Some artists develop a unique and seminal sound that defines them, making their work instantly recognizable. Kurt Vile’s homespun style relies on equal parts familiarity and originality. The musician recently returned to Houston to perform at the usual haunt of White Oak Music Hall to share his endearing strain of slacker rock, complete with backing group the Violators in tow, coasting on the success of the band’s 2018 album Bottle It In.
Joining the Violators were The Sadies, led by brothers Dallas and Travis Good, who took the stage for an opportunity to provide some good-old-fashioned rock’n’roll. The group of raconteurs took on the persona of a garage flower-power act possessed by an unquestionably surfy, country twang, complete with baggy rhinestone-blazers and a standup bass player.
The youngest in the audience were pushing their late twenties, and the oldest would definitely be considered as experienced dad rockers, complete with flannel and baseball caps. These silverhairs made up the majority of the attendees. I guess Kurt and the boys appeal to a specific demographic. The hall was crowded and particularly talkative, at times matching the volume of the performers during more subdued moments of the set.
The production was minimal, and it seemed the performers didn’t need the thrill of distraction anyway.
Kurt and the Violators were dressed unassumingly, with the frontman resembling a stoner-incarnation of Neil Young, adorned in plaid and denim. The rest of the crew followed suit, with one outlier wearing a pretty flashy red jacket. The band was positioned across the stage, with Kurt in the direct center commanding the bulk of the crowd’s attention during the set.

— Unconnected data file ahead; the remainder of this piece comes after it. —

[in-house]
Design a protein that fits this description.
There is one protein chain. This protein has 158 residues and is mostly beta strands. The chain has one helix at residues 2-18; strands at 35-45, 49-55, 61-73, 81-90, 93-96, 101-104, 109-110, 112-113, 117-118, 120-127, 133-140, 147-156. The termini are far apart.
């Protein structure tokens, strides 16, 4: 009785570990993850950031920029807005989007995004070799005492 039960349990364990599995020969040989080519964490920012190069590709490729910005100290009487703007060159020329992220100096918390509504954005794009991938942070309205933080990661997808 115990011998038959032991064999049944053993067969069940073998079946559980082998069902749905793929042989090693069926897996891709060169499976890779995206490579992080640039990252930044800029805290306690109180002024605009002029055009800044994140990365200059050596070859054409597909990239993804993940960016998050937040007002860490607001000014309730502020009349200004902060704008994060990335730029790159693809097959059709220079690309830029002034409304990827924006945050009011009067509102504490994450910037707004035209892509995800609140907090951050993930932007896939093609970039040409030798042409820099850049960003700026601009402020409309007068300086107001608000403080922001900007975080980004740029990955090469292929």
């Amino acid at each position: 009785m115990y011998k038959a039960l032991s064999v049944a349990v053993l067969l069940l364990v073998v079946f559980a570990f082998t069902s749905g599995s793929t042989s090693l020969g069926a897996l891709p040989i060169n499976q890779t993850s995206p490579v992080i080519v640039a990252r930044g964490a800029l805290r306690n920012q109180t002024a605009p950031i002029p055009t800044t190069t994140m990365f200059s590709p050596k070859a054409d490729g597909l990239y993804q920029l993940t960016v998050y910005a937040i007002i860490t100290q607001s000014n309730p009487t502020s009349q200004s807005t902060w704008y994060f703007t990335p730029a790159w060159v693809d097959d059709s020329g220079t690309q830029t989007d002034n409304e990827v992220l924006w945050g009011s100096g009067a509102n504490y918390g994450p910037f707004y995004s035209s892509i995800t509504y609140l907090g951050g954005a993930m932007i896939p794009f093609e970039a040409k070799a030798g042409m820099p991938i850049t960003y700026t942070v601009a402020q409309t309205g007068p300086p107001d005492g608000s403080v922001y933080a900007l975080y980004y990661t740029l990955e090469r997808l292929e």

- “Jesus Fever”
- “I’m an Outlaw”
- “Check Baby”
- “Girl Called Alex”
- “Cold Was the Wind”
- “He’s Alright”
- “Runner Ups”
- “Yeah Bones”
- “Wakin on a Pretty Day”
- “Puppet to the Man”
- “Skinny Mini”
- “Wild Imagination”
The Sadies’ last song featured Kurt on vocals and acoustic guitar, and the crowd couldn’t have shown more enthusiasm. The slacker king of folk and twang made the transition between the acts seamless.
Kurt Vile started off the Violators’ set strong with the classic “Jesus Fever” from “Smoke Ring For My Halo,” perfectly capturing the group’s sound and aesthetic. Kurt changed out his guitar between pretty much each and every song, showcasing his collection of stringed instruments, ranging from an Orange Gibson Casino to multiple Jazzmasters, and a banjo. The Violators were true to the classics as well as their newer releases, presenting the depth of the band’s expansive musical catalogue. Personal favorites are the songs where Kurt showcases his finger picking abilities, offering a more refined finish to the often driving and hypnotic nature of the musician’s songwriting.
The Sadies were a tough act to follow, but Kurt Vile’s nonchalance is effortless endearing to the mass of loyal fans who packed into the large hall at White Oak Music Hall for the show.